Netflix is one of the Silicon Valley giants and one of the most successful entertainment companies in the world. It rose to prominence by 2010 but in 2011 faced serious problems. Netflix lost 800,000 subscribers (Wingfield and Stelter par. 5), which was the first decline in membership in years. The reason was the decision to separate two primary services the company provided, DVD rental and video streaming. Unsatisfied with the new model, subscribers all over the United States heavily criticized Netflix, causing its stock rating to go down significantly. This case provides a valuable example of decision-making and strategic planning in the business world. To learn from this case, it is important to identify the problems the company faced, analyze the situation, and come up with possible solutions and recommendations.
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First of all, the problems that Netflix had in 2011 have to be identified. The company introduced a new business model that was initiated by the co-founder and CEO Reed Hastings. It implied dividing the services that Netflix provided into two separate parts. Previously Netflix services had come with a single subscription, but since 2011 users had to acquire two different subscriptions, one for streaming and one for ordering DVDs by mail. Additionally, the right to both receive an unlimited amount of DVDs by mail and watch an unlimited amount of movies and TV shows over the Internet, which had cost most users 9.99 USD per month, became over 60 percent more expensive, 15.98 USD per month. The result was that Netflix received a lot of criticism from subscribers, analysts, and the market (Thompson 127). Over 800,000 members terminated their subscriptions. The stock price lost 43 percent.
Analyzing why Netflix faced such trouble should focus on the company’s internal decision-making as well as its response to new circumstances. First of all, it is important to understand why Netflix decided to separate DVD by mail service from streaming service. Hastings explained that, after 12 years in the DVD rental and delivery business, the company had wanted to focus on the new and rapidly developing sphere, namely streaming, so it decided to separate the two businesses. However, this explanation appeared online two months after the change had been introduced. Hastings admitted that he should have provided this information earlier (Thompson 128). Another thing that Netflix was criticized for is that they were separating their services at the time when the general direction of the market was to integrate services. Many other high technology companies were trying to make things easier and more accessible to customers, while Netflix introduced something that was ultimately less convenient to their subscribers.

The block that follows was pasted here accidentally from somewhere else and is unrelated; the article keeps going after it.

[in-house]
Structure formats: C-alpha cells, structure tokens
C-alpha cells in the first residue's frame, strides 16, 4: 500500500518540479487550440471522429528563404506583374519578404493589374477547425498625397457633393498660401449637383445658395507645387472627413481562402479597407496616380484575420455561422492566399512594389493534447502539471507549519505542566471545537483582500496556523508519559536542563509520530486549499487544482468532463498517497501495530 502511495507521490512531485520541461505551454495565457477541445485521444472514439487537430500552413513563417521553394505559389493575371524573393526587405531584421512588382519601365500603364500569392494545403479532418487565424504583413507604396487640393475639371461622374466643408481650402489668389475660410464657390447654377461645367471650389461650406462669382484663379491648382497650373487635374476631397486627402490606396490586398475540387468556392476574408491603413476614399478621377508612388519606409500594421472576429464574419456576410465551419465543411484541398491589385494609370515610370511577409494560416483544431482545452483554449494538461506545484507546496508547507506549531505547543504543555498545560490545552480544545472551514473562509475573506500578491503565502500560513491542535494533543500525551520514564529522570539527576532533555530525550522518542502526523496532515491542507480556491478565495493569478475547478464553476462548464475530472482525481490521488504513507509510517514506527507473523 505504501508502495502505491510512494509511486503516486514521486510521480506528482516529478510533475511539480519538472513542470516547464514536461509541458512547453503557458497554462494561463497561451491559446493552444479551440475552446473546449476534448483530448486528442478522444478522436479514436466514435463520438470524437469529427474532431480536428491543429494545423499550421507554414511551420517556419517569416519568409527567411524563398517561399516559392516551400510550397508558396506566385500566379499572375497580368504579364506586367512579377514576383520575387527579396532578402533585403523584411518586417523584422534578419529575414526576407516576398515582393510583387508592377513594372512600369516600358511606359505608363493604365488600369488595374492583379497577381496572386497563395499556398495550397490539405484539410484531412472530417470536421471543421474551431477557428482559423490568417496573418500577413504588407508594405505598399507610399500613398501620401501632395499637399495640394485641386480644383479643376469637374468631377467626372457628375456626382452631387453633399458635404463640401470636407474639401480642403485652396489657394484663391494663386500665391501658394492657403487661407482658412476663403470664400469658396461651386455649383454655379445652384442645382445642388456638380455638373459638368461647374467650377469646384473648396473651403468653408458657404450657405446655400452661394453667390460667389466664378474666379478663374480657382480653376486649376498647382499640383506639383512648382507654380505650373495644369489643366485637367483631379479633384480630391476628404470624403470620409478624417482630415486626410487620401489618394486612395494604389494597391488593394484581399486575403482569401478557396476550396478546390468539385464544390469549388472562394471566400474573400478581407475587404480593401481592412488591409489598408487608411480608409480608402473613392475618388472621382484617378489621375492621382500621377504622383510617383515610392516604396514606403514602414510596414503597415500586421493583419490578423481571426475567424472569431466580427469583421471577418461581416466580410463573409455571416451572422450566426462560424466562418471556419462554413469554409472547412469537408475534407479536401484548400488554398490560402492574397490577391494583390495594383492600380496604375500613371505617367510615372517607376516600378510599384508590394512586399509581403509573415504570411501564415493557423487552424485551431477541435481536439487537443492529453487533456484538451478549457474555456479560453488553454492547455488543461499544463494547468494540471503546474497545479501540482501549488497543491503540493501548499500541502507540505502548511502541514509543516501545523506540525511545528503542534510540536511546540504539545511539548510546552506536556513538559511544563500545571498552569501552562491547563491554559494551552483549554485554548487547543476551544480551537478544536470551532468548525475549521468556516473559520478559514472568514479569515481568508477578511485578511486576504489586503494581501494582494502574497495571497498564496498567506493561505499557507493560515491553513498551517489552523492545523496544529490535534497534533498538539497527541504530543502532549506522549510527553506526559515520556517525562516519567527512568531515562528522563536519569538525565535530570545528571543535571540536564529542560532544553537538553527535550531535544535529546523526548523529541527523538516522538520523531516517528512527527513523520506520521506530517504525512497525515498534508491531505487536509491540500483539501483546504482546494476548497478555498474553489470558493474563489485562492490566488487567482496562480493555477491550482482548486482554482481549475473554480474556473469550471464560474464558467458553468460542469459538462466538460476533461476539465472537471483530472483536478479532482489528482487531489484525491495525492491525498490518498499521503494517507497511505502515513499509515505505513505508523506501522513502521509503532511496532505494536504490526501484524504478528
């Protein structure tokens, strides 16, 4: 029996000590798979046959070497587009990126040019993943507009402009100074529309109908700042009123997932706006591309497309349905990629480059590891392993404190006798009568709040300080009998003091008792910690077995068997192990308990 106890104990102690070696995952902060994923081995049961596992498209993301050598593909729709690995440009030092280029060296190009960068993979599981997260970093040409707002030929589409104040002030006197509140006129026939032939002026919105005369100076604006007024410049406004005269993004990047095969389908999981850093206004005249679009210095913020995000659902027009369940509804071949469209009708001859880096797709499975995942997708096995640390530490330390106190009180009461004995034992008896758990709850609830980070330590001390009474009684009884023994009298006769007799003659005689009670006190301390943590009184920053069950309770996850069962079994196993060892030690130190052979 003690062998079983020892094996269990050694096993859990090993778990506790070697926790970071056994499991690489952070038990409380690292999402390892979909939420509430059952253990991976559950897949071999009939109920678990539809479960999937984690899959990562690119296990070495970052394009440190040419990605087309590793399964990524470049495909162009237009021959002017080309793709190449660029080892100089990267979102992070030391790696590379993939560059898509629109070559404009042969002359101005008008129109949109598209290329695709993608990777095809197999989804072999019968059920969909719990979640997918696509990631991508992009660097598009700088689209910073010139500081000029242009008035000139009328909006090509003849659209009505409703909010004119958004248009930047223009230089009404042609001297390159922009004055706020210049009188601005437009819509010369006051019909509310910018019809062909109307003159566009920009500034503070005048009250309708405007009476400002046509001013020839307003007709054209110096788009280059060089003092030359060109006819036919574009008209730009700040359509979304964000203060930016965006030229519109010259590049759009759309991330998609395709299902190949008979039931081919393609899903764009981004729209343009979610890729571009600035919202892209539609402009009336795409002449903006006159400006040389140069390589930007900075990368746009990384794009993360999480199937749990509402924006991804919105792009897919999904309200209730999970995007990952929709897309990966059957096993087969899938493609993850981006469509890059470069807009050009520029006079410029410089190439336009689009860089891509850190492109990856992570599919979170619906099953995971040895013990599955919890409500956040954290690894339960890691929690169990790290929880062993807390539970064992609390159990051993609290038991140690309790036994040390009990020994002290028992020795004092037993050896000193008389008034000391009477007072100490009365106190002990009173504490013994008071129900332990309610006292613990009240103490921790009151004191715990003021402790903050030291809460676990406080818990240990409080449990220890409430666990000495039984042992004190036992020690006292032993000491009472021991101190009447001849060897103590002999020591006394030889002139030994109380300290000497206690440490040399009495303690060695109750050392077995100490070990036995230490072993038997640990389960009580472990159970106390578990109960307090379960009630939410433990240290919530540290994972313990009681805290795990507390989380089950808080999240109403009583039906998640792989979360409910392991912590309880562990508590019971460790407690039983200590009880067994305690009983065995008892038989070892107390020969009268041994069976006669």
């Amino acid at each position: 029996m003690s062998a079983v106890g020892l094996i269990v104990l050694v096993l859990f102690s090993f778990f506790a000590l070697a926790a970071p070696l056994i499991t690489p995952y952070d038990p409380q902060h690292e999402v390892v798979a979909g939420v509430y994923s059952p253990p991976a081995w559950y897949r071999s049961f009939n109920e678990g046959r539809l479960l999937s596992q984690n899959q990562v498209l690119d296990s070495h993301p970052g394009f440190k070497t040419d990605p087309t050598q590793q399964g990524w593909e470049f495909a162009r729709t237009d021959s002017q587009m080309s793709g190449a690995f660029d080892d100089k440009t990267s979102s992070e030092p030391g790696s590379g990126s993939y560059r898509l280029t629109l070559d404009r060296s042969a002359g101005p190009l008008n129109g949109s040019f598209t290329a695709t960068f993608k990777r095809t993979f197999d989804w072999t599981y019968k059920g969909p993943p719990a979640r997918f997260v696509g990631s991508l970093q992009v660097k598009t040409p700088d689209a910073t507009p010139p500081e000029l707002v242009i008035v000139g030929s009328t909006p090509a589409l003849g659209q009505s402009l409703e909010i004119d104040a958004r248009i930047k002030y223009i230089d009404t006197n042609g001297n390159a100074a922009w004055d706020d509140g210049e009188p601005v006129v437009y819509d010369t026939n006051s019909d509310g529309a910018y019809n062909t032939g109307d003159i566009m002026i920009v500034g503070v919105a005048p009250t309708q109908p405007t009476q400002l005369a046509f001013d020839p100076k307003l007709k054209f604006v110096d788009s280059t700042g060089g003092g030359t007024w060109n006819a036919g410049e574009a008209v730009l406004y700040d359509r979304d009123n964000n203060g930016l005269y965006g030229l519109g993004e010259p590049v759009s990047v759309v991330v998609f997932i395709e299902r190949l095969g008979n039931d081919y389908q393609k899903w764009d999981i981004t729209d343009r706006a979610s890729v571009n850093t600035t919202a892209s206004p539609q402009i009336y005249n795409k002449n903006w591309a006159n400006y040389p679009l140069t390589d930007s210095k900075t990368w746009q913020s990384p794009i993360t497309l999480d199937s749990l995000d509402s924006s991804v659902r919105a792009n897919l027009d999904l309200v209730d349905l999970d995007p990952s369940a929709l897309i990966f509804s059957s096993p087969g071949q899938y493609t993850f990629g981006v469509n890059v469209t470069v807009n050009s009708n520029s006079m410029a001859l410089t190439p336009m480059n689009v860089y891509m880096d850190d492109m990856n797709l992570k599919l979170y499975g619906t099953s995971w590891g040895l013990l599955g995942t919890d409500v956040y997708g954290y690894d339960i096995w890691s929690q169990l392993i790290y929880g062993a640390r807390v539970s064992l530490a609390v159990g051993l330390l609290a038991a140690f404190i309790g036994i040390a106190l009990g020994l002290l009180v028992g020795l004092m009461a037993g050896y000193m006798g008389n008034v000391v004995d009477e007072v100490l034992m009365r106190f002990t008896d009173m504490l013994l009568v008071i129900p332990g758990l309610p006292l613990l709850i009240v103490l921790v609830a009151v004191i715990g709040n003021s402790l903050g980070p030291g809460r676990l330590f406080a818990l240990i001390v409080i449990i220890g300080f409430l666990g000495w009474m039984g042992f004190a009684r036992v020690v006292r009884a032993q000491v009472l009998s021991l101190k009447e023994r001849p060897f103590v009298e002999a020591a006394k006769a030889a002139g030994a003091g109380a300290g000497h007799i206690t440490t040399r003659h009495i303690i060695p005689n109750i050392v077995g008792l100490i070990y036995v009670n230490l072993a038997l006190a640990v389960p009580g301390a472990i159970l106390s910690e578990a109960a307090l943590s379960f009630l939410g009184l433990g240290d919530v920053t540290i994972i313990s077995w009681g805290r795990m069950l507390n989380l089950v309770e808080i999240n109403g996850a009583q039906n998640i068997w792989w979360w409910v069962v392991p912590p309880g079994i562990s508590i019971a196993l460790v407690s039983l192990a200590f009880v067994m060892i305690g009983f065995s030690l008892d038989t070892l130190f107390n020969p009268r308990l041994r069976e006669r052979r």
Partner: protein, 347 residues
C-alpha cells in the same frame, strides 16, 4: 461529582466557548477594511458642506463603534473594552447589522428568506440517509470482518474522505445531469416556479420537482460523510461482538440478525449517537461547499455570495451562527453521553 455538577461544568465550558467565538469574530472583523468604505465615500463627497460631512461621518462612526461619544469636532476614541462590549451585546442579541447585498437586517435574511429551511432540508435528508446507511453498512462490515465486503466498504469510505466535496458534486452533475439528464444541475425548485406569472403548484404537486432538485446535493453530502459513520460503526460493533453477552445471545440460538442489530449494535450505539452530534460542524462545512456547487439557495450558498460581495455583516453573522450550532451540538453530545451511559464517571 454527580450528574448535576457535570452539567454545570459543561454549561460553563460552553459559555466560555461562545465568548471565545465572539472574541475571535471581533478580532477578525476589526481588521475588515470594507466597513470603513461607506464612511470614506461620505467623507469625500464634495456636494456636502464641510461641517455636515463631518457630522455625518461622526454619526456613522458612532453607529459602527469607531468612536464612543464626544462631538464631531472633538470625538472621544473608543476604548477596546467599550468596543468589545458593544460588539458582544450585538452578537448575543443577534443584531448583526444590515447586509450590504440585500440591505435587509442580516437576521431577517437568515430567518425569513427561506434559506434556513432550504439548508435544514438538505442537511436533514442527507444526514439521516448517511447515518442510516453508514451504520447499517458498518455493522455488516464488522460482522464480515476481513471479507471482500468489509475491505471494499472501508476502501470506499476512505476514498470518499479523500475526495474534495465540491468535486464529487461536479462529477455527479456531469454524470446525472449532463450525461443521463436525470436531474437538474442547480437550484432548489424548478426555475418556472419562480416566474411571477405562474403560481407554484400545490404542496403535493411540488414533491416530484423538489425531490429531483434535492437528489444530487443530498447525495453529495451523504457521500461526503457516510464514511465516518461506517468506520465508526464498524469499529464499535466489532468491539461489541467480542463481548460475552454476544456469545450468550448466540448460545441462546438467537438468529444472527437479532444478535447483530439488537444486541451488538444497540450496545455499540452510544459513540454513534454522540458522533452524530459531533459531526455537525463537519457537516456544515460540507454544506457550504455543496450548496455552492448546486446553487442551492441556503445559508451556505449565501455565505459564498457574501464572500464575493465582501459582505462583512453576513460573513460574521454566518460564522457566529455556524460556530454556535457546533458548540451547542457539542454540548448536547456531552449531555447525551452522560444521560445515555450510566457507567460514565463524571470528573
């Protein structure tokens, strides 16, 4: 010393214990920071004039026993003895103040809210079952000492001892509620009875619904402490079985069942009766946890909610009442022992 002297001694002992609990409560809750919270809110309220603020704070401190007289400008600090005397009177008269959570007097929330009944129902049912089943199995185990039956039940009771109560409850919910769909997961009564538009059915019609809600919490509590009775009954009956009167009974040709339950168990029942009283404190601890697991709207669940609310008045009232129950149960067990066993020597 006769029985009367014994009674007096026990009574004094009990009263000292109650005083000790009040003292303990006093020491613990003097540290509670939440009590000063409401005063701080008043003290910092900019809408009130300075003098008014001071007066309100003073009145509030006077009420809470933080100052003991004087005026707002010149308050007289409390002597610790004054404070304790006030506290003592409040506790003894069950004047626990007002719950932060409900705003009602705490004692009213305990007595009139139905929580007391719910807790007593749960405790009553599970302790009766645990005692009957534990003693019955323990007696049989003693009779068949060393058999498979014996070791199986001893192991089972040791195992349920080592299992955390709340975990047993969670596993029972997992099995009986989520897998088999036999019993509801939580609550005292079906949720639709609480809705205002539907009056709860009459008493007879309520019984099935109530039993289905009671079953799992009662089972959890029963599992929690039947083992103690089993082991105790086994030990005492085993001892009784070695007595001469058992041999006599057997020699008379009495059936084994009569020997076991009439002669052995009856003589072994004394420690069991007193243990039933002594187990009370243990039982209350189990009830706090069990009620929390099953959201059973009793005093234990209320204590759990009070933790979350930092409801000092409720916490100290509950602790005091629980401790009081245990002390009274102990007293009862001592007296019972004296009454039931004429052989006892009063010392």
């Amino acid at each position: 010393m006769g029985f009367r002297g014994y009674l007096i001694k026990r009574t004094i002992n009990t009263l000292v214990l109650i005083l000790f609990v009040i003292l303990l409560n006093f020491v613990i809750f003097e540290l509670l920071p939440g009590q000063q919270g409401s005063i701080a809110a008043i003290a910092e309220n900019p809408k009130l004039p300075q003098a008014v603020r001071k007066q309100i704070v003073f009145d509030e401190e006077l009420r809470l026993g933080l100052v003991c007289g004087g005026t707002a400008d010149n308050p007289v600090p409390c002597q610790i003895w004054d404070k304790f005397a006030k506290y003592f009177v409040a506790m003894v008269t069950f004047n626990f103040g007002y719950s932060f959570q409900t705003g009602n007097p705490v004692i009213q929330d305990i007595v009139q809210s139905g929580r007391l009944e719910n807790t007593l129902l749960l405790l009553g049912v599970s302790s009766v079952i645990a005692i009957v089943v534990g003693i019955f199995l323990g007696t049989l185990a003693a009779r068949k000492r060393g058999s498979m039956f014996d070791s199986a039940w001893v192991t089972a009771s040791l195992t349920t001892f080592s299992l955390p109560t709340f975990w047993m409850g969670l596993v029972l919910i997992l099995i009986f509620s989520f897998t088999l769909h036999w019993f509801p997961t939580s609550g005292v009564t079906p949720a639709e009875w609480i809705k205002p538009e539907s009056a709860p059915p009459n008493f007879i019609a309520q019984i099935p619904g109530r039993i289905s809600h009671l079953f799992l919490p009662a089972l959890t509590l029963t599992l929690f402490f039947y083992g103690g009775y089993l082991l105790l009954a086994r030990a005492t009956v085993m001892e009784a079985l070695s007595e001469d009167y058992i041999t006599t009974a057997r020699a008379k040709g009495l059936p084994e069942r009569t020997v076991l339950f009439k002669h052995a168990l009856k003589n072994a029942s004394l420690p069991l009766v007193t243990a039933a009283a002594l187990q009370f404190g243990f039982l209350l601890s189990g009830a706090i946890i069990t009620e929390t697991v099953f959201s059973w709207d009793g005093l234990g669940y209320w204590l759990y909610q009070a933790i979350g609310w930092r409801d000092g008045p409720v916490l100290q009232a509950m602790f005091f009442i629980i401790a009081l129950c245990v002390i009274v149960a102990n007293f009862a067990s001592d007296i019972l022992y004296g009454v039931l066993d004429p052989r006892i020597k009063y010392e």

Therefore, the recommendations for the case lie in the areas of communication and integration. Netflix should have communicated its reasoning behind the separation of services before the change was introduced. The company also should have explained what was being modified in terms of its services on the users’ end before facing extensive criticism. The analysis shows that much of the users’ dissatisfaction was caused by a misunderstanding of the new business model. Therefore, the negative response could have been mitigated through more elaborate communication. Another issue is that the business model itself was not successful from the very beginning. Splitting its business, Netflix made its subscribers deal with two accounts instead of one for the same services. Instead, the company should have followed the experience of other corporations that succeeded through integrating their services and creating more convenient conditions for their customers.
The Netflix case demonstrated interesting issues of the modern business world. Preoccupied with its organizational development, the company adopted a new business model that ultimately made its services less convenient and more expensive to the users. It also failed to communicate the reasons behind adopting the model, which caused users’ dissatisfaction and a decrease in the stock price. Lessons that can be learned from analyzing the case are to give priority to ultimate users’ convenience and to communicate extensively the essence and reasons of every change introduced.
Thompson, Arthur. Crafting & Executing Strategy 19/e: The Quest for Competitive Advantage: Concepts and Cases, New York, NY: McGraw-Hill Education, 2013. Print.
Wingfield, Nick, and Brian Stelter. “How Netflix Lost 800,000 Members and Good Will.” The New York Times. 2011. Web.